Race Weekend Central

XFINITY Breakdown: It’s the Kevin Harvick Show in Atlanta

Whenever Kevin Harvick enters any type of race at Atlanta Motor Speedway, he is the odds-on favorite to go to Victory Lane. Saturday’s Rinnai 250 was no different.

Christopher Bell started from the pole and led the opening 12 laps before Harvick put the No. 98 Ford out front. Harvick went on to lead until a caution flew with a handful of laps to go in the stage and decided to pit. The No. 98 restarted ninth but in just one lap got to the front, capturing the first stage.

In stage two, Harvick led wire-to-wire, picking up the stage victory with ease. The final segment was much of the same as the No. 98 Ford won by over four seconds. Just seven cars finished on the lead lap as the veteran continued a history of strong performances at this track.

“It’s just been a really good place for me,” Harvick said in Victory Lane. “The racetrack has stayed very similar to what its been for a number of years. I think when you look at the techniques, the things that I do in the car and they give me what I want in the car as far as the feel and it just applies here. It’s been a great racetrack for us.”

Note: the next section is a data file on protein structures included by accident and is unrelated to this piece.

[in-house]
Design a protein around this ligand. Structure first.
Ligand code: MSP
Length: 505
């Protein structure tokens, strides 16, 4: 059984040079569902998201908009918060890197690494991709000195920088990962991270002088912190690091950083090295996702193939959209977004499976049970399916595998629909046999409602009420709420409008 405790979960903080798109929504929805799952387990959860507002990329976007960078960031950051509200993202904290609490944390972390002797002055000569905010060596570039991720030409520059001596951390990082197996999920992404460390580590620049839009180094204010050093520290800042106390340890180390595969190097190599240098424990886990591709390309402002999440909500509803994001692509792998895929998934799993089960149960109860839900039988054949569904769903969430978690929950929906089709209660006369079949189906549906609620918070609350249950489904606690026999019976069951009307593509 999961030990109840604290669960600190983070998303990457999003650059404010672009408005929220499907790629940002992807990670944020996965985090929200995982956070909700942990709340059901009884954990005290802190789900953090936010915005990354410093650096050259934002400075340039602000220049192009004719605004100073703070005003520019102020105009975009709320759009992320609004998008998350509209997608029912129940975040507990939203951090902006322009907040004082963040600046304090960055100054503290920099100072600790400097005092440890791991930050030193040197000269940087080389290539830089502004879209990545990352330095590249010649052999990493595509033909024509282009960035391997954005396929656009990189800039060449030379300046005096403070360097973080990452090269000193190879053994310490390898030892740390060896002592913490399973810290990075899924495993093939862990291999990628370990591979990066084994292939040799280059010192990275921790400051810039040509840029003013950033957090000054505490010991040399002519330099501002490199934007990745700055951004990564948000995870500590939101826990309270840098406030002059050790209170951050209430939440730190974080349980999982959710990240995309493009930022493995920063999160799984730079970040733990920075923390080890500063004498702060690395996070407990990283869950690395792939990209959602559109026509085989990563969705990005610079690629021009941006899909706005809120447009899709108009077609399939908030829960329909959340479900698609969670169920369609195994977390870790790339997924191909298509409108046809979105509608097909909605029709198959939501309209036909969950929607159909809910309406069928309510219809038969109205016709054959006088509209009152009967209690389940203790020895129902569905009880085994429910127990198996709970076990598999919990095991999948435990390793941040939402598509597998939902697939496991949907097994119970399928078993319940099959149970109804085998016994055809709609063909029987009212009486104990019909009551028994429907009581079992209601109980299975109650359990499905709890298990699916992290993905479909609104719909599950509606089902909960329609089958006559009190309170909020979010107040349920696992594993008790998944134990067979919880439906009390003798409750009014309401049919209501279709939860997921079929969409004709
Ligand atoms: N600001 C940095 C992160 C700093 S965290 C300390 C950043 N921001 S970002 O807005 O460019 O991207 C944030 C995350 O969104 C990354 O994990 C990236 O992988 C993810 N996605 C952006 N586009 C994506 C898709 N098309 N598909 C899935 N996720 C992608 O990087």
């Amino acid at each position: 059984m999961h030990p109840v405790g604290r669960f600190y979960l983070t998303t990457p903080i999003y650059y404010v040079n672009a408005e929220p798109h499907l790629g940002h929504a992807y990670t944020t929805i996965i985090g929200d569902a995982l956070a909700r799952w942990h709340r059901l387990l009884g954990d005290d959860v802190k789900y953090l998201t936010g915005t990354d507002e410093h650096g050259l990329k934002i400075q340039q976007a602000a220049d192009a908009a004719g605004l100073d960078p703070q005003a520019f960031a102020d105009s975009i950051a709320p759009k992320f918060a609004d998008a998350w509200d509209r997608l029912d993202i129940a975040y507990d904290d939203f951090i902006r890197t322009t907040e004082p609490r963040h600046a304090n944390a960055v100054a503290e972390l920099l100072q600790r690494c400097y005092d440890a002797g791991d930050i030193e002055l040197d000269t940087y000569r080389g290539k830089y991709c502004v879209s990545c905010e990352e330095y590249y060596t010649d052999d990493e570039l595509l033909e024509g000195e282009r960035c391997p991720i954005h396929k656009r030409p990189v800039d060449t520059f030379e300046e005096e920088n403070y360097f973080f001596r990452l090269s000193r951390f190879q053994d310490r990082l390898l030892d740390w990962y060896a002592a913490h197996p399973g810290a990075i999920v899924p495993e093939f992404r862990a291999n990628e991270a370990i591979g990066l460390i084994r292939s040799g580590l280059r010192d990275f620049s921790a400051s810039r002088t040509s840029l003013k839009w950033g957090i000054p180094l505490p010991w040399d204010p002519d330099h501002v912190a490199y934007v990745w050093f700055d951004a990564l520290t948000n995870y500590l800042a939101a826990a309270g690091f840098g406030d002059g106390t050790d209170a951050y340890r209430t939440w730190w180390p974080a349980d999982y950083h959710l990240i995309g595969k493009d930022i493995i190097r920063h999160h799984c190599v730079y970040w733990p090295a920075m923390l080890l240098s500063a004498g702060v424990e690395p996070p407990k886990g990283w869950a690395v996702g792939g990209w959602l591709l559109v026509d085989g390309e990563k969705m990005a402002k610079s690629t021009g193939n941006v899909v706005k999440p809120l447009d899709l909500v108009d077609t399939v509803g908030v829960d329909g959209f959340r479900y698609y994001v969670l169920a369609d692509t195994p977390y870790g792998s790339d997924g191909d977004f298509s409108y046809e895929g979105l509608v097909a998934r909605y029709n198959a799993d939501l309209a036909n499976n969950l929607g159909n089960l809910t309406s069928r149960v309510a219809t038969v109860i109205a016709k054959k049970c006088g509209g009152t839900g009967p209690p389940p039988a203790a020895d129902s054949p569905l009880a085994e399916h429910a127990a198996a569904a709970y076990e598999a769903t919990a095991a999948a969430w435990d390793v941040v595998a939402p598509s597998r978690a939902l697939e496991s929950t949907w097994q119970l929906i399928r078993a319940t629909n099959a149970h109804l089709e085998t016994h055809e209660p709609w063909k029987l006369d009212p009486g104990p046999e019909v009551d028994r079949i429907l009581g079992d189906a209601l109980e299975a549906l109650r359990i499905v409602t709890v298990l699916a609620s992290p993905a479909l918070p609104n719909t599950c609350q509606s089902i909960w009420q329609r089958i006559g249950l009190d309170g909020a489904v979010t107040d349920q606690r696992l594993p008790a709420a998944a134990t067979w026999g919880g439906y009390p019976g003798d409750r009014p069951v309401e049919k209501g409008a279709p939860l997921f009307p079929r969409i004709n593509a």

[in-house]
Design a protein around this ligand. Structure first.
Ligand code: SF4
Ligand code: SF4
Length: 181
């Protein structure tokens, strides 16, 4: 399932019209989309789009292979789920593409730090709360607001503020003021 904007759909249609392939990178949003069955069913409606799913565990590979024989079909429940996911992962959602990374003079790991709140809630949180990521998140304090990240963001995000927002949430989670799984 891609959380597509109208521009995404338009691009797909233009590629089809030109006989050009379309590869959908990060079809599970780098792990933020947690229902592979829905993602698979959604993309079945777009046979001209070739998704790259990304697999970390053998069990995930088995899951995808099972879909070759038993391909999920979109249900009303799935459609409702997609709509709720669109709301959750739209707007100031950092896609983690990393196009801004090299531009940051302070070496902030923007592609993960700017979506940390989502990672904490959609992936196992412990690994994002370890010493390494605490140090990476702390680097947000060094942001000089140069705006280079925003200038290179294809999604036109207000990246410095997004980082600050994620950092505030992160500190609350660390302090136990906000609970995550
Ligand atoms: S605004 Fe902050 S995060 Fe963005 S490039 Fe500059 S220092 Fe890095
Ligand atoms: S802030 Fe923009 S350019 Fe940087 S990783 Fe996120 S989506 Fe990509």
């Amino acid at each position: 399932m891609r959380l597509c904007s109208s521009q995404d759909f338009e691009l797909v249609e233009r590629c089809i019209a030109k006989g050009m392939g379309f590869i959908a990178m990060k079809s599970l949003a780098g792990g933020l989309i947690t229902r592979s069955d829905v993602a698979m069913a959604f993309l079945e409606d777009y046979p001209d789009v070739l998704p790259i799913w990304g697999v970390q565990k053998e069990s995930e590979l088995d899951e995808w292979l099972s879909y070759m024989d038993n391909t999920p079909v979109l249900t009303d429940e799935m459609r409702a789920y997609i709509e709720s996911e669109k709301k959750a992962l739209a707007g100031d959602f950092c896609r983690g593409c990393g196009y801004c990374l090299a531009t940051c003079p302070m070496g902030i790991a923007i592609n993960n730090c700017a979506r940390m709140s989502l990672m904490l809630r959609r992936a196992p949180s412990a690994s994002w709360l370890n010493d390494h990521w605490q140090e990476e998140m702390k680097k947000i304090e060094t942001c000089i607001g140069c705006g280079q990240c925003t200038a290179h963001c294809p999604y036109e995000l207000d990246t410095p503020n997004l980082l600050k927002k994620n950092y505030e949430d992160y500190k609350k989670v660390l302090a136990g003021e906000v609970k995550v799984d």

Saturday was Harvick’s 98th career NASCAR victory, ironically enough coming in the No. 98 car. The victory marks Biagi DenBeste Racing’s fourth triumph in the XFINITY Series. Aric Almirola won twice with the team on restrictor plate tracks the past two years and Mike Wallace captured a Daytona victory in 2004.

Cup regular Joey Logano finished second on the afternoon. He was followed by Bell, John Hunter Nemechek, and Elliott Sadler to round out the top-five performers.


The Good 

I’ve said this before, and I’ll say it again; tire management racing is the best form of competition.

Sure, Harvick put on a clinic, leading all but 22 laps. However, the racing behind the leader was incredible. Now, I know some fans will say “But we want passing for the lead.” Sure, I get that, and the No. 98 was just a level above. I’ll take Harvick against the field every time at Atlanta.